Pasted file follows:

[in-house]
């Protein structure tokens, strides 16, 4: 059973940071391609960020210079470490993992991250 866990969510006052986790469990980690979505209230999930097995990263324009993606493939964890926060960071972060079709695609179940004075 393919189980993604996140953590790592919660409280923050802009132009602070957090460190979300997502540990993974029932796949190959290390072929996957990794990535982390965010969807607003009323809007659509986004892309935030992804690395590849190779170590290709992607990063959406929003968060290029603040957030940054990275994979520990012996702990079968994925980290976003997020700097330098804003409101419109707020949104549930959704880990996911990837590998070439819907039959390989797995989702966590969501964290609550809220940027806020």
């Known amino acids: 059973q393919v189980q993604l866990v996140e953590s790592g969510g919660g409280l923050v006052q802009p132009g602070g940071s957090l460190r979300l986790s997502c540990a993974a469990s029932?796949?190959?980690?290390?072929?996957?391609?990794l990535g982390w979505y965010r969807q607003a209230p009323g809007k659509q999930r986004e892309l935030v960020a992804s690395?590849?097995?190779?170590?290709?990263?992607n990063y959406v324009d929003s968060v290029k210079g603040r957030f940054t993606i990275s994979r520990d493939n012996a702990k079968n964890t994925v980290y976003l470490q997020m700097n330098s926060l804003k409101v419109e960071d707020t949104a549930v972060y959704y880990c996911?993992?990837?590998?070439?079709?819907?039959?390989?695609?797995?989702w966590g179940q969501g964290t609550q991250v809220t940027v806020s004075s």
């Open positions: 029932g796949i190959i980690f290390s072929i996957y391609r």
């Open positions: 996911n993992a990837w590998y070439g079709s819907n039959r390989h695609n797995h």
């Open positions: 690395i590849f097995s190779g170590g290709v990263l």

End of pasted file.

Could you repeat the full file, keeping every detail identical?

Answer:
[in-house]
């Protein structure tokens, strides 16, 4: 059973940071391609960020210079470490993992991250 866990969510006052986790469990980690979505209230999930097995990263324009993606493939964890926060960071972060079709695609179940004075 393919189980993604996140953590790592919660409280923050802009132009602070957090460190979300997502540990993974029932796949190959290390072929996957990794990535982390965010969807607003009323809007659509986004892309935030992804690395590849190779170590290709992607990063959406929003968060290029603040957030940054990275994979520990012996702990079968994925980290976003997020700097330098804003409101419109707020949104549930959704880990996911990837590998070439819907039959390989797995989702966590969501964290609550809220940027806020």
């Known amino acids: 059973q393919v189980q993604l866990v996140e953590s790592g969510g919660g409280l923050v006052q802009p132009g602070g940071s957090l460190r979300l986790s997502c540990a993974a469990s029932?796949?190959?980690?290390?072929?996957?391609?990794l990535g982390w979505y965010r969807q607003a209230p009323g809007k659509q999930r986004e892309l935030v960020a992804s690395?590849?097995?190779?170590?290709?990263?992607n990063y959406v324009d929003s968060v290029k210079g603040r957030f940054t993606i990275s994979r520990d493939n012996a702990k079968n964890t994925v980290y976003l470490q997020m700097n330098s926060l804003k409101v419109e960071d707020t949104a549930v972060y959704y880990c996911?993992?990837?590998?070439?079709?819907?039959?390989?695609?797995?989702w966590g179940q969501g964290t609550q991250v809220t940027v806020s004075s």
């Open positions: 029932g796949i190959i980690f290390s072929i996957y391609r």
């Open positions: 996911n993992a990837w590998y070439g079709s819907n039959r390989h695609n797995h």
């Open positions: 690395i590849f097995s190779g170590g290709v990263l």